Munro    Well, they certainly could. They probably picked the right word to describe the whole thing as ‘transition’. There are going to be some hard issues come up, particularly when it comes out that a particular implementation of this new system means there will be losers.

As well as the existing areas that eventually get covered by the modernised awards, there are other industries that could be covered by awards but traditionally haven’t been, like IT and all these emerging industries and technologies.

In having ‘no award people’ do they want to expand the scope of existing awards in order to maybe encroach on areas where there has traditionally not been an award; for example, a lot of professional areas, and semi-professional and technological areas. 

In some respects, it could end up that people will want to be covered by an award because it offers more flexibility than if you are not covered by an award.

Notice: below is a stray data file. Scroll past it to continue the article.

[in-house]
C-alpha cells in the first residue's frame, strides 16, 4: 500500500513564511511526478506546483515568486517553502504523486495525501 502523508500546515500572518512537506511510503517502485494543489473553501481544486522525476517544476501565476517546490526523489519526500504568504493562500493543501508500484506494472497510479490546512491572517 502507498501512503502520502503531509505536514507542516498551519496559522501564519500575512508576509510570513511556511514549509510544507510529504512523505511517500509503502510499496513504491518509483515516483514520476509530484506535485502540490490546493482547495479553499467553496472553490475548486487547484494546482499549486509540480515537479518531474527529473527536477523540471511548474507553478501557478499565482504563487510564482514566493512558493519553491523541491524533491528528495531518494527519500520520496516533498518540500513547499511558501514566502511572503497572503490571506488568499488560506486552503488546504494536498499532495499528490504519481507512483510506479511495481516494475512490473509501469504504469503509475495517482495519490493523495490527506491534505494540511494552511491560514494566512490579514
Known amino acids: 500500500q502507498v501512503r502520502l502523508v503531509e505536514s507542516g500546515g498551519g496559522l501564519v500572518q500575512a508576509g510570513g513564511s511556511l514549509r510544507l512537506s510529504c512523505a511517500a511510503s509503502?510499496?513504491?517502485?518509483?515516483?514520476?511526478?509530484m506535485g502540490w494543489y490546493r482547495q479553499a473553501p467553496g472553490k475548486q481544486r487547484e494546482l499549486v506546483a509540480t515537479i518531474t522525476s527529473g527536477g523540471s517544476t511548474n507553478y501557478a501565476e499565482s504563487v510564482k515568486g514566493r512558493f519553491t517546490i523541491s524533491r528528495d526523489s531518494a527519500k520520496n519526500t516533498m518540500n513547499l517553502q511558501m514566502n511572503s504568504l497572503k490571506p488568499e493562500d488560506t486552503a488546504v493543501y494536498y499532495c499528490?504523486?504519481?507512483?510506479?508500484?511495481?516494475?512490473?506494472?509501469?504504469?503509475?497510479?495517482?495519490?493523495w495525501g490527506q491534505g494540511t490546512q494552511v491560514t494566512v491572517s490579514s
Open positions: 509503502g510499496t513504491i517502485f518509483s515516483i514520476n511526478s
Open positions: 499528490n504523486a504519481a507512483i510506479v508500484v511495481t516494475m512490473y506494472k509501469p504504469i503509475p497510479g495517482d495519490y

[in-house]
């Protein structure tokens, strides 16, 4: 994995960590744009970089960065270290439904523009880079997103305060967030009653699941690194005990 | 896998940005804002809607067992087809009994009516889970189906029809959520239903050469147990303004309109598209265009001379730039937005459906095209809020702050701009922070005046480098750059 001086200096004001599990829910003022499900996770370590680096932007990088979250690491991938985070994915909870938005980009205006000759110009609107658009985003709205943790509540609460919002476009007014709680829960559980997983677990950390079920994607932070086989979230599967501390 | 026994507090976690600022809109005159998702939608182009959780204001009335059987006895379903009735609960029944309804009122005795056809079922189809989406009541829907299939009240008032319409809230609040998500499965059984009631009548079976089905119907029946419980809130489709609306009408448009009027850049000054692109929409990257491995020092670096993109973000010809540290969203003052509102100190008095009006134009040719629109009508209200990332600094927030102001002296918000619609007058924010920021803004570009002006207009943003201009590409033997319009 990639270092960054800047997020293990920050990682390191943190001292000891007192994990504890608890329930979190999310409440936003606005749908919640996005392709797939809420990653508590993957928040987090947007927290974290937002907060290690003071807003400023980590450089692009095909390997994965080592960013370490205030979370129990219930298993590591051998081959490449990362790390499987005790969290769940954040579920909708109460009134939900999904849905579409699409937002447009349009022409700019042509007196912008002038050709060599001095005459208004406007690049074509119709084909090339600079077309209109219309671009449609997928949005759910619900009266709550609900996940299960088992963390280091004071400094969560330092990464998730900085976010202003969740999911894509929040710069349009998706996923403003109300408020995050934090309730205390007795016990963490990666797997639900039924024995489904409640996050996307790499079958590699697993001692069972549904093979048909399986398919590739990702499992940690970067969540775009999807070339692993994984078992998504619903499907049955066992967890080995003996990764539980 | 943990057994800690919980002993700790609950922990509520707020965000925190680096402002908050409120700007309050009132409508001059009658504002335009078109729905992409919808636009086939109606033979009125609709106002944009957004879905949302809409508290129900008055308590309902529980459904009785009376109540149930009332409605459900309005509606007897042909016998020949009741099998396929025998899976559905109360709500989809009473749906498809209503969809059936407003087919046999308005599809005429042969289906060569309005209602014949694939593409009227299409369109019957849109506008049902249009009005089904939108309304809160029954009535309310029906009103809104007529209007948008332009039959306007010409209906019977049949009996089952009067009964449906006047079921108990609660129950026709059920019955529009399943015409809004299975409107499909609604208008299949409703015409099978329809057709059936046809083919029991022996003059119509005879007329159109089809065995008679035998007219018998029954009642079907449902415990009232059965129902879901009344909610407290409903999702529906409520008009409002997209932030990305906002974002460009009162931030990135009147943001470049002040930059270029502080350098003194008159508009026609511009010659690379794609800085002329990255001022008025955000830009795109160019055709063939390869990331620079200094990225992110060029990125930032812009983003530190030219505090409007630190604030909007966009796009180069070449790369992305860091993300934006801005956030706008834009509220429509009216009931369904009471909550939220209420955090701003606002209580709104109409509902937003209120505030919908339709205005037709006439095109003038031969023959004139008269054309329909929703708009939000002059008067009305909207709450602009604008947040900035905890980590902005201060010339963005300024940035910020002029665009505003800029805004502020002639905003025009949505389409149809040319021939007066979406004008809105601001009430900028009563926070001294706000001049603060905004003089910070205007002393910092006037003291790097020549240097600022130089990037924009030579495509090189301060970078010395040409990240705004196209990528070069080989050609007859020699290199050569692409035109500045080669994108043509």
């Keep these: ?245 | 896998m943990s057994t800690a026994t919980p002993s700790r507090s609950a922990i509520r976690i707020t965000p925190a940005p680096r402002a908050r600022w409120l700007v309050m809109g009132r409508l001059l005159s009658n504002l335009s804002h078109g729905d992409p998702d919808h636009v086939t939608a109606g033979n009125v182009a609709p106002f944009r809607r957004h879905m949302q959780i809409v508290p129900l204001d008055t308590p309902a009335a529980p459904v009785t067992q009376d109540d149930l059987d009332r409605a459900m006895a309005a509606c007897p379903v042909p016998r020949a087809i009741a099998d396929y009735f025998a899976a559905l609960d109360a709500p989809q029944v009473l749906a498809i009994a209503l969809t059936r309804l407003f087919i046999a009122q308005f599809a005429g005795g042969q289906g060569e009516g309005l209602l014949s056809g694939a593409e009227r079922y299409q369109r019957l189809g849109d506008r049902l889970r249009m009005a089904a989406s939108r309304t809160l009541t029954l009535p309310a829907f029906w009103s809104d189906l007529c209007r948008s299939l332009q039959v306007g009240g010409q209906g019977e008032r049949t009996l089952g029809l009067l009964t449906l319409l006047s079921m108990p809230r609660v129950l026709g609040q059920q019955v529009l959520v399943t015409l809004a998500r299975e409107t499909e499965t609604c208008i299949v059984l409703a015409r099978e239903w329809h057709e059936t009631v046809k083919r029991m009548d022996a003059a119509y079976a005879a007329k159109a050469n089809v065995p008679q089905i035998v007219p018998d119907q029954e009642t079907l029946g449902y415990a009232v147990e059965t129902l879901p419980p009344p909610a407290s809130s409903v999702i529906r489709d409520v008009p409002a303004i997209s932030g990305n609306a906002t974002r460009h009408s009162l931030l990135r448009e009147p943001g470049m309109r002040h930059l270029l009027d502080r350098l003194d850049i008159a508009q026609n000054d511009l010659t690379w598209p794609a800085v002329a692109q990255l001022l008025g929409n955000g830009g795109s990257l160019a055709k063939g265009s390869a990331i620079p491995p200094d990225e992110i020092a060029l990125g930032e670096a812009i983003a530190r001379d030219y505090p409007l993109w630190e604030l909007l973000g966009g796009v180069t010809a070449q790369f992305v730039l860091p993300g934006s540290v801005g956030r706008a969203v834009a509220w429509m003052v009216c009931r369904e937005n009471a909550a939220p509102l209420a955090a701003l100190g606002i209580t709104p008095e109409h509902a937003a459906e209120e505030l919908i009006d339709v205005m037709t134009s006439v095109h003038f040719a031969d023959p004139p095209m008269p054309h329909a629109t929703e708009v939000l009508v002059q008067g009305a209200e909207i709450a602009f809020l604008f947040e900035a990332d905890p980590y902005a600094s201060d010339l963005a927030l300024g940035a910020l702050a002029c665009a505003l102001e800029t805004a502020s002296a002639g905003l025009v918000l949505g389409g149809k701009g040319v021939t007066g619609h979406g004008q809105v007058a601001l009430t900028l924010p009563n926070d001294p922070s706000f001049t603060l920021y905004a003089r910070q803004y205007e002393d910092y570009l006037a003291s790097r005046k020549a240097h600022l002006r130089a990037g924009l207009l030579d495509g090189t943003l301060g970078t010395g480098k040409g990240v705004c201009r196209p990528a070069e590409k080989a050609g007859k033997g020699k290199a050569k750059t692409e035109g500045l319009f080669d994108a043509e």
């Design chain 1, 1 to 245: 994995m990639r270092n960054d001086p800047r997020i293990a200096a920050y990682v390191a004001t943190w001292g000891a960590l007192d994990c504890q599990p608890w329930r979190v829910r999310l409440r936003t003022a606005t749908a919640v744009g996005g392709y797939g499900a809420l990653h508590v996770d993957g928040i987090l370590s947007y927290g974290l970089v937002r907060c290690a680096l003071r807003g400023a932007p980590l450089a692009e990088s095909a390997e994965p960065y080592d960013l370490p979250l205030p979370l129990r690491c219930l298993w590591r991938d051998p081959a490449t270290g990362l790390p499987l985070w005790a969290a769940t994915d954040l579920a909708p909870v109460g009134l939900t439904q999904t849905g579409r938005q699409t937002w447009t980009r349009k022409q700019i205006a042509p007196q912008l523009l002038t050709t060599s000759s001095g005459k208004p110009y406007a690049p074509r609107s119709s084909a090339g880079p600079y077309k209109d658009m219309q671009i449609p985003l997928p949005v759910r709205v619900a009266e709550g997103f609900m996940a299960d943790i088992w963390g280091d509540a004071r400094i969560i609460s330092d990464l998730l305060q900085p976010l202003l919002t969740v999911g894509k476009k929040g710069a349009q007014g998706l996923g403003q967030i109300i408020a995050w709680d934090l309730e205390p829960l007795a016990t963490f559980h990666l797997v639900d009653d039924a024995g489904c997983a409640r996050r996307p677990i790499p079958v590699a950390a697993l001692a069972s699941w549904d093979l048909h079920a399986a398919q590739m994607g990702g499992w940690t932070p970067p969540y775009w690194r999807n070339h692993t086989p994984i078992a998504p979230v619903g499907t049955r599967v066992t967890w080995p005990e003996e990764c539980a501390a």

Q    At the moment these awards are just sitting there frozen?

Munro    The conditions haven’t been varied; the wages have been, ie the minimum wages.

The flexibility arrangement in the new awards will be purely only a replacement of the individual agreement making process which was the AWAs role.

Small businesses are going to continue to be covered by awards; so they probably wouldn’t want to go through a process of registering and negotiating a collective agreement.

Q   If we have these giant awards like the metal industry award, what is more likely do you think between the various unions involved: demarcations or amalgamations?

Munro    Maybe amalgamations, but a lot of them are now super unions. Super unions was the first step in amalgamations but then it just stopped. The problem  now is that some of the bigger unions, like the AMWU, are smaller now than they were before the amalgamations because of membership loss. Maybe they need to become ‘super super unions’ just to survive.

Previous articles talking to Paul Munro

Musings on new award system

  • What will Australia's IR system look like under the new Fair Work Australia system?

Award modernisation doesn’t have to be ruthless

  • Who will the modernised awards cover, and how?

  • What about non-award workers?


Musings on new award system

Award modernisation doesn’t have to be ruthless

New flexibility clause for individual workers only